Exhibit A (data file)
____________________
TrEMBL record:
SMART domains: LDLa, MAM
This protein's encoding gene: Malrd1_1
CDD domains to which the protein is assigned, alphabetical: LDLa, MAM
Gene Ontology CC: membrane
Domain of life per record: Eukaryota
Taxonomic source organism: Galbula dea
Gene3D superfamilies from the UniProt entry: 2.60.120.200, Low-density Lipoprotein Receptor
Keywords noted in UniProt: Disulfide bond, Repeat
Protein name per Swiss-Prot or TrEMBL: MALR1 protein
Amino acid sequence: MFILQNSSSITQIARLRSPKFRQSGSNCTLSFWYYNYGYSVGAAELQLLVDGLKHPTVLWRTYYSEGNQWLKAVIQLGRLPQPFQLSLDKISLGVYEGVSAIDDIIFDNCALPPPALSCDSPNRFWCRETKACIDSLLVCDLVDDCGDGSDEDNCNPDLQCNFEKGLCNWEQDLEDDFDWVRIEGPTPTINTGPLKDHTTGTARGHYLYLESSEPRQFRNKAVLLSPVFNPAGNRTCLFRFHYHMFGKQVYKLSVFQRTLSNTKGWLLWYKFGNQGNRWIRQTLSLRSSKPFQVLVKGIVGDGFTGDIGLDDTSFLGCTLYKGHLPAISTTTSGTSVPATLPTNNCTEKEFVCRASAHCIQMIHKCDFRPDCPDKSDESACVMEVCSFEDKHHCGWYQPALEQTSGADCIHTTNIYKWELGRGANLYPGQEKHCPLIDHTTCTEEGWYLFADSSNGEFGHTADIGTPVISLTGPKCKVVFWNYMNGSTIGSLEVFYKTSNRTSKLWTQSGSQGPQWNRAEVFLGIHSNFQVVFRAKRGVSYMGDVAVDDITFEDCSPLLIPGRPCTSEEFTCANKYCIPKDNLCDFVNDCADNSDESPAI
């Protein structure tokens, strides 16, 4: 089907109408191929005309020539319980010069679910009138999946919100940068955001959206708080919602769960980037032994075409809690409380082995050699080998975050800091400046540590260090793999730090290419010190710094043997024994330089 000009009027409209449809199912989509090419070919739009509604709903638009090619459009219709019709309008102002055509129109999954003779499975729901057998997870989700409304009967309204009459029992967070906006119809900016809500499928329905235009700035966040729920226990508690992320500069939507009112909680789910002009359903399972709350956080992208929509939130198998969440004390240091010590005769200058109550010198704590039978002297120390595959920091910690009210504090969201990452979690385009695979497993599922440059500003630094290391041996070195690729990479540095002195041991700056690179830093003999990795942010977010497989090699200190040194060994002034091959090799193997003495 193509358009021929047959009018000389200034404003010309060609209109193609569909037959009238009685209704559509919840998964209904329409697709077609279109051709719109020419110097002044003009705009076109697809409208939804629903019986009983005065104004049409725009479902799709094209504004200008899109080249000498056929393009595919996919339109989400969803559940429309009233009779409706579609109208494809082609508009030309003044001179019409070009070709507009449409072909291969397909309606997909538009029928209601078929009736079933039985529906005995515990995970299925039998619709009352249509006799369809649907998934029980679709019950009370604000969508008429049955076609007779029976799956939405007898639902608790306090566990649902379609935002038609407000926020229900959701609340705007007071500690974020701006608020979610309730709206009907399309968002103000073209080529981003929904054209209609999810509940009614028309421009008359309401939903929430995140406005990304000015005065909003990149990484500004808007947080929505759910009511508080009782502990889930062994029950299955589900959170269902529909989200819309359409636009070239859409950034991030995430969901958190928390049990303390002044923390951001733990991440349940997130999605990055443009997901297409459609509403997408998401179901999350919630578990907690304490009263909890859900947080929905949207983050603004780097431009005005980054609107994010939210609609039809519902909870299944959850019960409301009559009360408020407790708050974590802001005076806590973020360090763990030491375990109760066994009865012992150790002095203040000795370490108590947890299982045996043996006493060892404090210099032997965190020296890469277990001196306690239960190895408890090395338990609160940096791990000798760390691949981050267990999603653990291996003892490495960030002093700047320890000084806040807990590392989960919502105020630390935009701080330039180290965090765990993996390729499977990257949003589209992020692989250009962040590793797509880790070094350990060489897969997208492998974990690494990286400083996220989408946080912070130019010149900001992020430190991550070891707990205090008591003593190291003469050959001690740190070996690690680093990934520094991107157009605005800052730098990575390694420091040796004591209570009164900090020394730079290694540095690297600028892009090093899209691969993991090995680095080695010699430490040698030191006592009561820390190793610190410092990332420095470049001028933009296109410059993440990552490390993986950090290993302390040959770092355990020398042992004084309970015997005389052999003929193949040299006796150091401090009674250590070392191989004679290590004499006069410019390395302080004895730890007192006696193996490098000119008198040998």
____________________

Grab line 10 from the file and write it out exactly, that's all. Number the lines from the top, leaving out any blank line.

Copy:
Protein name per Swiss-Prot or TrEMBL: MALR1 protein